Tag Archives: Stefan Rahmstorf

Climate crunch: the fierce urgency of now

In November 2009, in the run up to the Copenhagen conference I published a post Climate crunch and Copenhagen: the fierce urgency of now. For my first climate change post in 2011 I’ve reposted most of that post, with slight variations, and leaving out the direct commentary on Copenhagen.

My intention is to remind people that action on climate change is urgent, and that there is a severe penalty in leaving action to a later date.

Substantively the post outlines the carbon budget approach to climate stabilisation which gives prime place to carbon equity. If Australia wants to show leadership in climate change internationally we should seek zero net emissions by 2030. We would still blow our equitable carbon budget which requires zero emissions by 2019, but with that kind of leadership we should get away with it. Also we should use our land and our forests to create carbon sinks in order to then go negative in net emissions.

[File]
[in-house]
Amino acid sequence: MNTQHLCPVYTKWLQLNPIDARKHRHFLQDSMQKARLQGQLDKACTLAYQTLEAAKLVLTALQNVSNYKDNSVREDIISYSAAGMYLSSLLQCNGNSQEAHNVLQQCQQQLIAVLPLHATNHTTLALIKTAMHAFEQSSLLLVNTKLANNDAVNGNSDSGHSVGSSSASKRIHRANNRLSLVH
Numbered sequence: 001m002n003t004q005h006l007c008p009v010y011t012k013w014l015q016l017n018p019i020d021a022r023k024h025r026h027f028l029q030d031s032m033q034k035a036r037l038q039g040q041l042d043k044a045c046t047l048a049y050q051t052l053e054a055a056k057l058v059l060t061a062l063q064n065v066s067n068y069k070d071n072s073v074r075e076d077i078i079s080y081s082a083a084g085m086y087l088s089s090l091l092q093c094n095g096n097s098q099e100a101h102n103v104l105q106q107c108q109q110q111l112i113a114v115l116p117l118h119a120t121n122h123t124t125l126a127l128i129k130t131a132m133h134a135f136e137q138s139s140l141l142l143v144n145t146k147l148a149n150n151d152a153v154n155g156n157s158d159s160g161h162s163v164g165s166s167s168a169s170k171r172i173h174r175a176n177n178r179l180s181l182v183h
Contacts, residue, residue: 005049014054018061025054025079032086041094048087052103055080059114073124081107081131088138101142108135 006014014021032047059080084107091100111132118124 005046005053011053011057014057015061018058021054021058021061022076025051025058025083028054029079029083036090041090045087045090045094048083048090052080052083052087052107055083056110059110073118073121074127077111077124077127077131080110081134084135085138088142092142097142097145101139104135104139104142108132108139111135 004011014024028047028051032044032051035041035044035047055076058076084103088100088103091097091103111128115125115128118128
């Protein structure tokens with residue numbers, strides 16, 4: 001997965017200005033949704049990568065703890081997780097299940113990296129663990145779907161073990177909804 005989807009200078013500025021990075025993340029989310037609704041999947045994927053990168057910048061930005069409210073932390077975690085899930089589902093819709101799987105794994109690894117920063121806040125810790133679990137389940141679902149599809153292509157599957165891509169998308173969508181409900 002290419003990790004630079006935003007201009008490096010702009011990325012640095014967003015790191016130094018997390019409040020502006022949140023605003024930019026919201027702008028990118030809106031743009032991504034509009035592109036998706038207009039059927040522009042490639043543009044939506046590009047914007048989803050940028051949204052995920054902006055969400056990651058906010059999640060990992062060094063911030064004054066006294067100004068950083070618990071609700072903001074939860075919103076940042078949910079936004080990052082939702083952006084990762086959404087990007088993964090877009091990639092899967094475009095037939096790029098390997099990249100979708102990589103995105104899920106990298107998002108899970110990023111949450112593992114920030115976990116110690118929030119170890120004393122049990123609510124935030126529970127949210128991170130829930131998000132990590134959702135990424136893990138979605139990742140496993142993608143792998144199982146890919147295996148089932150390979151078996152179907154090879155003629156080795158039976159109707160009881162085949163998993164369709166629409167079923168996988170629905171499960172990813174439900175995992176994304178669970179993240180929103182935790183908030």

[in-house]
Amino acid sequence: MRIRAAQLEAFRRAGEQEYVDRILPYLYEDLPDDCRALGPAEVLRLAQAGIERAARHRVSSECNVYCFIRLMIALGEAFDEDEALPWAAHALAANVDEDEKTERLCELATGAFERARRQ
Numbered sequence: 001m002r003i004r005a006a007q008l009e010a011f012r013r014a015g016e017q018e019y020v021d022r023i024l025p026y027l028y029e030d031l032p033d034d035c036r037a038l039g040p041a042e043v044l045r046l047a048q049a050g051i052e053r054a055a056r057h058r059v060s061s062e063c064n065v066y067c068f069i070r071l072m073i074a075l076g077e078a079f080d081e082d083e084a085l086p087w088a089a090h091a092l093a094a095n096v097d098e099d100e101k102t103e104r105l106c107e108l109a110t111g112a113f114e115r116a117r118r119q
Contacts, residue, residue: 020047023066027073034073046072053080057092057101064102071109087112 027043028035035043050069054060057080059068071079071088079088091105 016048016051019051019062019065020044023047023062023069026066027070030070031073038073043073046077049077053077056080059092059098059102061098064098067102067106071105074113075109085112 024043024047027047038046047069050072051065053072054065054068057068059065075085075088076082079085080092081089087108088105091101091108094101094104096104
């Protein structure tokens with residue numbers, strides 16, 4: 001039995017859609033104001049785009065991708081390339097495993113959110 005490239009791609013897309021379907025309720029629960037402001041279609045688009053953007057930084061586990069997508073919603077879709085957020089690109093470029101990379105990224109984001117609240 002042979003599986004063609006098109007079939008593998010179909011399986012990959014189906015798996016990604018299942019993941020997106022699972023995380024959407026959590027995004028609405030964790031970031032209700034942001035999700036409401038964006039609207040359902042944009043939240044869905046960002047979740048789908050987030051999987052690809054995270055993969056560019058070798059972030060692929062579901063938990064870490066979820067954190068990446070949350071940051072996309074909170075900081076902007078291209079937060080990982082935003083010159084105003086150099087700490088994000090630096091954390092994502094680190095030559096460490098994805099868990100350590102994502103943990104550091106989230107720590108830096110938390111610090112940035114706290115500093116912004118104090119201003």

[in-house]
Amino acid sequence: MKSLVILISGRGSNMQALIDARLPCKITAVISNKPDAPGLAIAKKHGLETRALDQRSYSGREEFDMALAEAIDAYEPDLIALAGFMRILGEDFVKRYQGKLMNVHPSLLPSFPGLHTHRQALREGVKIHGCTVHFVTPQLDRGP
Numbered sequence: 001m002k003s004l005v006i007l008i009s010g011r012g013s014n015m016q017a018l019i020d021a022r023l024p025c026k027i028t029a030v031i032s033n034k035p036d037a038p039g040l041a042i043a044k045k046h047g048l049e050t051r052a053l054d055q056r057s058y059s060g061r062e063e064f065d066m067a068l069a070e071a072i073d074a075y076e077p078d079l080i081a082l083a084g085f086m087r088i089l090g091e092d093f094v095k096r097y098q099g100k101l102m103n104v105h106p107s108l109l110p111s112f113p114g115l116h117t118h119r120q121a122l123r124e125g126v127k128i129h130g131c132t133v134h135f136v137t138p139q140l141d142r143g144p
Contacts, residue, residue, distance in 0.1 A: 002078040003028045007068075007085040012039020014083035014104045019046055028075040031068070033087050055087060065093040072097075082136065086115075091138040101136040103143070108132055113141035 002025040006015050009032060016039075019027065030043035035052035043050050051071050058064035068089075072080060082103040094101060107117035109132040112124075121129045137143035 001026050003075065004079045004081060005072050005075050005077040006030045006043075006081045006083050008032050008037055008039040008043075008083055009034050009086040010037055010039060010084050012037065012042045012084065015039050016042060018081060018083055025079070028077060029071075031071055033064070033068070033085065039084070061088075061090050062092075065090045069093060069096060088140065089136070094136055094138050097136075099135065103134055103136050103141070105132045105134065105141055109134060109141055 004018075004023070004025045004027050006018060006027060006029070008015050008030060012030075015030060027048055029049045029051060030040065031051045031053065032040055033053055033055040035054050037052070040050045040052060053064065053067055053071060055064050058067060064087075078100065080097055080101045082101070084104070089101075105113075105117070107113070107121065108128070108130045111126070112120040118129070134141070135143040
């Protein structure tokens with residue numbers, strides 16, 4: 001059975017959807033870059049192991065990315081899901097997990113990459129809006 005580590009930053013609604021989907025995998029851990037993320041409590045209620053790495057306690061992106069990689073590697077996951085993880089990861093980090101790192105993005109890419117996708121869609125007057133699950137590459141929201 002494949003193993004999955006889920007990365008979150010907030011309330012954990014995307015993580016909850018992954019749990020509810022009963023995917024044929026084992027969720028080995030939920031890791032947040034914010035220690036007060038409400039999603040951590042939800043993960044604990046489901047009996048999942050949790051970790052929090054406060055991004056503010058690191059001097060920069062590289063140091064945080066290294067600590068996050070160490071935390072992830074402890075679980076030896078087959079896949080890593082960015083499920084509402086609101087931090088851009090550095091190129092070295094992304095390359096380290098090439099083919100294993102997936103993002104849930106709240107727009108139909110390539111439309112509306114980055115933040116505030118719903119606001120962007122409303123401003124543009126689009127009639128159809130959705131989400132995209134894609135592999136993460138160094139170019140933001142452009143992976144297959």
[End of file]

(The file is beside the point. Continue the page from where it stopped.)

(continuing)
The reprised post is below the fold. Continue reading Climate crunch: the fierce urgency of now

Will the severe winters in Europe continue?

Quite possibly, not every year but with increased frequency according to an article in The Independent.

A study completed in 2009 by the Potsdam Institute predicted this pattern:

Their models found that, as the ice cap over the ocean disappeared, this allowed the heat of the relatively warm seawater to escape into the much colder atmosphere above, creating an area of high pressure surrounded by clockwise-moving winds that sweep down from the polar region over Europe and the British Isles.

Clever them, because it happened in the following two years. They reckon that cold, snowy winters will be about three times more frequent in the coming years. Two cold winters doesn’t prove it, but the pattern’s looking good. Continue reading Will the severe winters in Europe continue?